The tragic, horrible news came early Friday morning. An ongoing police search found two bodies buried in the rough terrain of Holmes Run Stream Valley Park. The discovery was in the same general area where, in 2014, two other bodies were found after tips from local gang members were given to the FBI and the police. The perpetrators in the 2014 gang murders were arrested, tried in federal court, convicted, and are serving mandatory life sentences. The investigation surrounding Friday’s discovery still is underway.
Nearly 20 years ago, the Fairfax County Board of Supervisors approved funding for a dedicated gang unit in the police department. Prior to that time, the unit “borrowed” officers from each police station, as needed. The new unit was dedicated to the prevention, intervention, interdiction, and suppression of gang activity in the county, and educated the school system and the community about gangs, the role of parents and mentors, after-school programs, and other aspects crucial to helping youth make good decisions. Members also participated with the federal gang task force created with the support of former Congressman Frank Wolf.
After-school programs and new youth activities blossomed. The very popular Culmore Youth Soccer summer program, originally funded through the Hispanic Business for Youth Foundation, became a full-blown community activity under the auspices of Neighborhood and Community Services; the Culmore Character Club now is part of the Boys and Girls Clubs of Greater Washington; the Morningstar program for girls expanded to include brothers, sisters, and cousins – all learning how to make healthy decisions for themselves. All these resources had a marked effect on tamping down serious gang activity in the community for many years.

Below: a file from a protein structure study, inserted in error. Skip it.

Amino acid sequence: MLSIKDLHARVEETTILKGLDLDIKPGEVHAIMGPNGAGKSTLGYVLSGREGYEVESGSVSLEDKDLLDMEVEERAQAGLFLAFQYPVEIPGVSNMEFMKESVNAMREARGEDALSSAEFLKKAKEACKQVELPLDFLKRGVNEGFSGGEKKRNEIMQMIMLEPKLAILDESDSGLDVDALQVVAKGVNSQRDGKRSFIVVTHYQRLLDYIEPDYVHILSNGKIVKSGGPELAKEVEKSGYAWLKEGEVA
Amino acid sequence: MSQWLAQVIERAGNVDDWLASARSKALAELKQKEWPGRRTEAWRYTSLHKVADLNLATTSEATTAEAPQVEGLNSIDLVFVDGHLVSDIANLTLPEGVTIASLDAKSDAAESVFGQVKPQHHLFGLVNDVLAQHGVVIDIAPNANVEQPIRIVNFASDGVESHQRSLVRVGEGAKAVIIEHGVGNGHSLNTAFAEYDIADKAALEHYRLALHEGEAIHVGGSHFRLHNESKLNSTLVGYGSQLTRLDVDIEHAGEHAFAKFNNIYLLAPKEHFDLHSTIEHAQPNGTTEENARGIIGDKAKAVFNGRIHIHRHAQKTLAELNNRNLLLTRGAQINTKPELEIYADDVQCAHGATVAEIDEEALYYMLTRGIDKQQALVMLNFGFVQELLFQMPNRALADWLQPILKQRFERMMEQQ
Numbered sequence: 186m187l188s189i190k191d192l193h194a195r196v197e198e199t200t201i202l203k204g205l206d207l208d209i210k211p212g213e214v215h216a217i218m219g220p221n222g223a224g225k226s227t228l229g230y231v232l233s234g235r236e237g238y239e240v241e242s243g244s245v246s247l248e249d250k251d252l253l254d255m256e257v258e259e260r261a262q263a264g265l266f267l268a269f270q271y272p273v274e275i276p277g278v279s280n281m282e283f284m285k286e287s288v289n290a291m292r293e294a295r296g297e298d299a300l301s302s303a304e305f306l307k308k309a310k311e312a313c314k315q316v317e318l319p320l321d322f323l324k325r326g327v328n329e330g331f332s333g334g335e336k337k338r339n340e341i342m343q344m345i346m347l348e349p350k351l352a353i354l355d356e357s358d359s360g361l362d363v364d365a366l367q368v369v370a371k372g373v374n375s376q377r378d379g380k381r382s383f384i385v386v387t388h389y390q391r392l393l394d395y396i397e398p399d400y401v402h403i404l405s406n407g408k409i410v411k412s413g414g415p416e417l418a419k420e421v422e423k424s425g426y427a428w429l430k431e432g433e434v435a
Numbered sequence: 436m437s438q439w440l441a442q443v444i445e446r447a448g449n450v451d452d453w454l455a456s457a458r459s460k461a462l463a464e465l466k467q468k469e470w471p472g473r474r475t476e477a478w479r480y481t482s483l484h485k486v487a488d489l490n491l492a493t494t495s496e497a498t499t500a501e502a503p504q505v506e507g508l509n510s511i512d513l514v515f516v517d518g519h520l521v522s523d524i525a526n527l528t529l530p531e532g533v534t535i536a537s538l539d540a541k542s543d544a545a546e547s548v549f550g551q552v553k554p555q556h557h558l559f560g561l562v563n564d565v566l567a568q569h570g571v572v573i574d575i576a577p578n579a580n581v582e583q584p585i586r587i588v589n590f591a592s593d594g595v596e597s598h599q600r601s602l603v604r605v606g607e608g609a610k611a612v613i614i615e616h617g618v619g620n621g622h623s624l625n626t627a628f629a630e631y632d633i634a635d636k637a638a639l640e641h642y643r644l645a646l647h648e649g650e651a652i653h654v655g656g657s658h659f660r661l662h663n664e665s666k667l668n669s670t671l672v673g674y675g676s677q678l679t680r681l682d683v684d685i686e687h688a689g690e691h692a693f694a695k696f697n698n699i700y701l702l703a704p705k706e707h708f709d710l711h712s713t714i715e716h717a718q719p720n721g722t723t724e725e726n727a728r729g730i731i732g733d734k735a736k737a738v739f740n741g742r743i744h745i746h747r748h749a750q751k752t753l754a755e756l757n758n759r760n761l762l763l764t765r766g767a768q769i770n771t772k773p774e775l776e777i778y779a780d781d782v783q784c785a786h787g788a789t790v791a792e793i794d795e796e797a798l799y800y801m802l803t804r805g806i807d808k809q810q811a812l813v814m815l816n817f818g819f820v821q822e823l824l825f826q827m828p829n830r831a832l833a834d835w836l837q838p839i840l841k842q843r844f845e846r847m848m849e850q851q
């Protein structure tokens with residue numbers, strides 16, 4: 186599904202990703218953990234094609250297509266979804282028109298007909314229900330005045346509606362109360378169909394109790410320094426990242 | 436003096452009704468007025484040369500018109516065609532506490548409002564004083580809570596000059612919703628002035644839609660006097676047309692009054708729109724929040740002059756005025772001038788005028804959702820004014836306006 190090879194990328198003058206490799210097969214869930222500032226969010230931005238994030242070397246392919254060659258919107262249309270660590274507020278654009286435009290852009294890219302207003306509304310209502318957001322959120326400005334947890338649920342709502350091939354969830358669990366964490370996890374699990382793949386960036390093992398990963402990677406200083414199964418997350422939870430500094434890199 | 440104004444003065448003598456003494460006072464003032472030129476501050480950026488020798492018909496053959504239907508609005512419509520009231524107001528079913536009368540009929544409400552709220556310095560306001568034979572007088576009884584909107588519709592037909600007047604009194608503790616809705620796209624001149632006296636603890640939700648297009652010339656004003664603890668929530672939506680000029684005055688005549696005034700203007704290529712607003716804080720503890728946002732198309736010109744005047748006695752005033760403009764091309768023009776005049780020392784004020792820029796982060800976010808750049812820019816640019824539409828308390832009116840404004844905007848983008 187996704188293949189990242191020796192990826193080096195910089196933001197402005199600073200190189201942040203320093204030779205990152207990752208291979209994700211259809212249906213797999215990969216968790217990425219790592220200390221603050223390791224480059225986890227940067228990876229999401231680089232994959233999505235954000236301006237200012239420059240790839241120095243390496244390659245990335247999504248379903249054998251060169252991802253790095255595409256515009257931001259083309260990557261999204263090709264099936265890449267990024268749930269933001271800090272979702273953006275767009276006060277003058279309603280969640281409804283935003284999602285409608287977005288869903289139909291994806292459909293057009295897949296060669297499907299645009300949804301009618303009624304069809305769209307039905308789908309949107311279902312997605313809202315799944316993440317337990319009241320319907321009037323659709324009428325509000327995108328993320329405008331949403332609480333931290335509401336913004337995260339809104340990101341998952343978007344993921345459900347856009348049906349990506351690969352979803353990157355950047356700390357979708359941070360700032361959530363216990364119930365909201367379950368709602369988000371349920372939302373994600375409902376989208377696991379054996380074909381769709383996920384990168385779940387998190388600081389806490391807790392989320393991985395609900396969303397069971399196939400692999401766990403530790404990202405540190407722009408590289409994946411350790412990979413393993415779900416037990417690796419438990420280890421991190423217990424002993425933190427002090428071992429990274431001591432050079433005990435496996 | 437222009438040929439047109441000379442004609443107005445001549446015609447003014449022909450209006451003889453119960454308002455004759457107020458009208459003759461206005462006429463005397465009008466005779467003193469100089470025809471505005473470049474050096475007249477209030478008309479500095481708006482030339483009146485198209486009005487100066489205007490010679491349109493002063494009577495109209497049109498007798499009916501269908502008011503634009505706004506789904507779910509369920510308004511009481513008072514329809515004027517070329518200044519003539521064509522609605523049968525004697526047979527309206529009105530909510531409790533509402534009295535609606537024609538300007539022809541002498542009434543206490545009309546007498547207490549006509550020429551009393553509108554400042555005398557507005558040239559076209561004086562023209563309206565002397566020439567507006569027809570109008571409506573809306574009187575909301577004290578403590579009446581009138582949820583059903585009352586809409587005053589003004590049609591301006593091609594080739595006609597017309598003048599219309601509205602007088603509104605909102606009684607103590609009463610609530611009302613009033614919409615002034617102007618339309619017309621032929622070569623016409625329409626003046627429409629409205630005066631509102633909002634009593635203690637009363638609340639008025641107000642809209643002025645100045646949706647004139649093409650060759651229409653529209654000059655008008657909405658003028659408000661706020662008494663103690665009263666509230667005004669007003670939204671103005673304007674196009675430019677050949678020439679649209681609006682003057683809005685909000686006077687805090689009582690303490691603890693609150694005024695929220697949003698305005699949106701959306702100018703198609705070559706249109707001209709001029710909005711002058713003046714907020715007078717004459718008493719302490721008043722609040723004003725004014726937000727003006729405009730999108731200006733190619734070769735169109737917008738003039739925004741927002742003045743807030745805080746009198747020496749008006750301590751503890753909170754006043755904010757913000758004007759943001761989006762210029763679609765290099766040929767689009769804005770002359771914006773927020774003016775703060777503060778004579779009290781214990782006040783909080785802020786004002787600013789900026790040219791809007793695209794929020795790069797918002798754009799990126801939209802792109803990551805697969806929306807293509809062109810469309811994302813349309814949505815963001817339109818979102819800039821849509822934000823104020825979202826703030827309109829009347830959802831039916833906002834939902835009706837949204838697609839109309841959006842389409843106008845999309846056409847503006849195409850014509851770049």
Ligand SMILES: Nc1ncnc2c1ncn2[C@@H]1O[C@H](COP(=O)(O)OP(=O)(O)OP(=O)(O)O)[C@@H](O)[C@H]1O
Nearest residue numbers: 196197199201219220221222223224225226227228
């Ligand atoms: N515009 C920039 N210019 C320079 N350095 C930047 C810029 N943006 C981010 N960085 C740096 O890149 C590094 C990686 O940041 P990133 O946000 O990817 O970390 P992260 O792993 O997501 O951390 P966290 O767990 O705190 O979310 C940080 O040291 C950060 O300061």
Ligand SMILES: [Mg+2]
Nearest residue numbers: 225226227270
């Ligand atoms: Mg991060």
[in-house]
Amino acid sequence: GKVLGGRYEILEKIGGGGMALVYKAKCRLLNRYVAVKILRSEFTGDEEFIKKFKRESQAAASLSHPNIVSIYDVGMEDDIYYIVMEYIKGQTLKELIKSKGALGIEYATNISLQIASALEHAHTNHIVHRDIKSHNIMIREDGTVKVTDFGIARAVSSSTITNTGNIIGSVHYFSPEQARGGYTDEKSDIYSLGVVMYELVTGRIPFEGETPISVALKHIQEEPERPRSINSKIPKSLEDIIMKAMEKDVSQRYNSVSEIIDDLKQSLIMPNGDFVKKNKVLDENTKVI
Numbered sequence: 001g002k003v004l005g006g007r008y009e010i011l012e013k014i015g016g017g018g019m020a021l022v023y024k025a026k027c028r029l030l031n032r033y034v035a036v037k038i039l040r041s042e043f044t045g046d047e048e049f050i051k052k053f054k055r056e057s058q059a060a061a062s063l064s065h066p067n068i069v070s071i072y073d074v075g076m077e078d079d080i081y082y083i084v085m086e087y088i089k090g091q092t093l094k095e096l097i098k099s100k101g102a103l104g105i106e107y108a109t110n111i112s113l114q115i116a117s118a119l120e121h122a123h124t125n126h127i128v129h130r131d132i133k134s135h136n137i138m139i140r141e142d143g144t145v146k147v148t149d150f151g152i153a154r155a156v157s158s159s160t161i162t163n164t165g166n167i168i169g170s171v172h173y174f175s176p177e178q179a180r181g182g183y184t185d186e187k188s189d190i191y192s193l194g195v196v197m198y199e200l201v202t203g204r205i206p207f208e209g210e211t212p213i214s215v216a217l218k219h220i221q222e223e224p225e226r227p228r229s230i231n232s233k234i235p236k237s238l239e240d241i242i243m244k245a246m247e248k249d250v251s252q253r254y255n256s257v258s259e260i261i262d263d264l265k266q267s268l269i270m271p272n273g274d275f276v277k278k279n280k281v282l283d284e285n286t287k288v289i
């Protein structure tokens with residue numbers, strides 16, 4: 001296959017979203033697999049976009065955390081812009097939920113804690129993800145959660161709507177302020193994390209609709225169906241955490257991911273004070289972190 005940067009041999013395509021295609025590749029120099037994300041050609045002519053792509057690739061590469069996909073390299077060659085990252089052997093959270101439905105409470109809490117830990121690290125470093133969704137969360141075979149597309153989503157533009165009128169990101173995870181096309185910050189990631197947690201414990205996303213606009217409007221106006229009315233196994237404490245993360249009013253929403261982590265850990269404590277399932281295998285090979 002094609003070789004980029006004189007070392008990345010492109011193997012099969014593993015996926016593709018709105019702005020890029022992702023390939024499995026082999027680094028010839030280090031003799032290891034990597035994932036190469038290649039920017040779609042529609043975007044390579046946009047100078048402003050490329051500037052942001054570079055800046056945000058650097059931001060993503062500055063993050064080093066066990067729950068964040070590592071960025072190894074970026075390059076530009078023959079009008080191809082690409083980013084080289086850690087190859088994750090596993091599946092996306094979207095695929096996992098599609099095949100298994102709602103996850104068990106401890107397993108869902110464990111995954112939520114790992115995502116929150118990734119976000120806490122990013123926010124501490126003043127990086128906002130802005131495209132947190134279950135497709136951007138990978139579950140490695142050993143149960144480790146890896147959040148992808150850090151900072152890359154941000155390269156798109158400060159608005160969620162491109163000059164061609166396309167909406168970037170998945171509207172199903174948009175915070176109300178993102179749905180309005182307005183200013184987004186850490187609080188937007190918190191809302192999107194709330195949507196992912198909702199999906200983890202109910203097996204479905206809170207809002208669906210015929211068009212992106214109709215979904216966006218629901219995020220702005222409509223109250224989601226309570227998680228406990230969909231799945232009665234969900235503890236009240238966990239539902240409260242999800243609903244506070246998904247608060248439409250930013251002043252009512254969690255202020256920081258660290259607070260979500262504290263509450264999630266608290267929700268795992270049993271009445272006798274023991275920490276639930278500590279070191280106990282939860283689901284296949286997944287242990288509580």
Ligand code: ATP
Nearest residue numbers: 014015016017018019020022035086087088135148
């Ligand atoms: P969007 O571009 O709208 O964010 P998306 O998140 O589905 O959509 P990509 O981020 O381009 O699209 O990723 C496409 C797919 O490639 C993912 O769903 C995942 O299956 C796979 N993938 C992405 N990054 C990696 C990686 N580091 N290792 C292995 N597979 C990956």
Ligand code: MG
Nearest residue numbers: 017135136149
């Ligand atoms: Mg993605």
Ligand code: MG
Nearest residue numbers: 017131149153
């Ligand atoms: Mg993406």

Regional Gang Summits were held, sponsored jointly by the Metropolitan Washington Council of Governments, Cox Communications, local police agencies, and the U.S. Department of Justice. The summits helped develop a regional strategy, with various stakeholders, to more thoroughly understand gangs and their activities, and develop effective anti-gang strategies. Young people concerned about gangs made a full-blown presentation at public hearings about the FY 2006 budget. Despite such ongoing efforts, gang activity continues, usually against fellow gang members, and with increased and hard-to-fathom brutality.
Gang activity, police response, community efforts, and other issues will be discussed at a special Mason District Town Hall Meeting I am hosting on Wednesday, March 29, at 7 p.m., at the Mason District Governmental Center, 6507 Columbia Pike in Annandale. The presentation, which is in formation, will include representatives from the police department, school system, county agencies, and nonprofit organizations.
Attacks against Jewish schools and cemeteries, Muslim mosques, and other places sacred to one’s faith are outrageous, cowardly, and heinous. An impromptu gathering of elected officials and religious leaders at the Jewish Community Center of Northern Virginia last Friday focused on stopping hate in any form, and coalescing around the interfaith values that have long identified this nation. Openness, respect, and unity, for all religious beliefs, made me proud to be in Fairfax County, where we celebrate diversity and work to solve problems, not create them.
Penny Gross is the Mason District Supervisor, in the Fairfax County Board of Supervisors. She may be emailed at [email protected]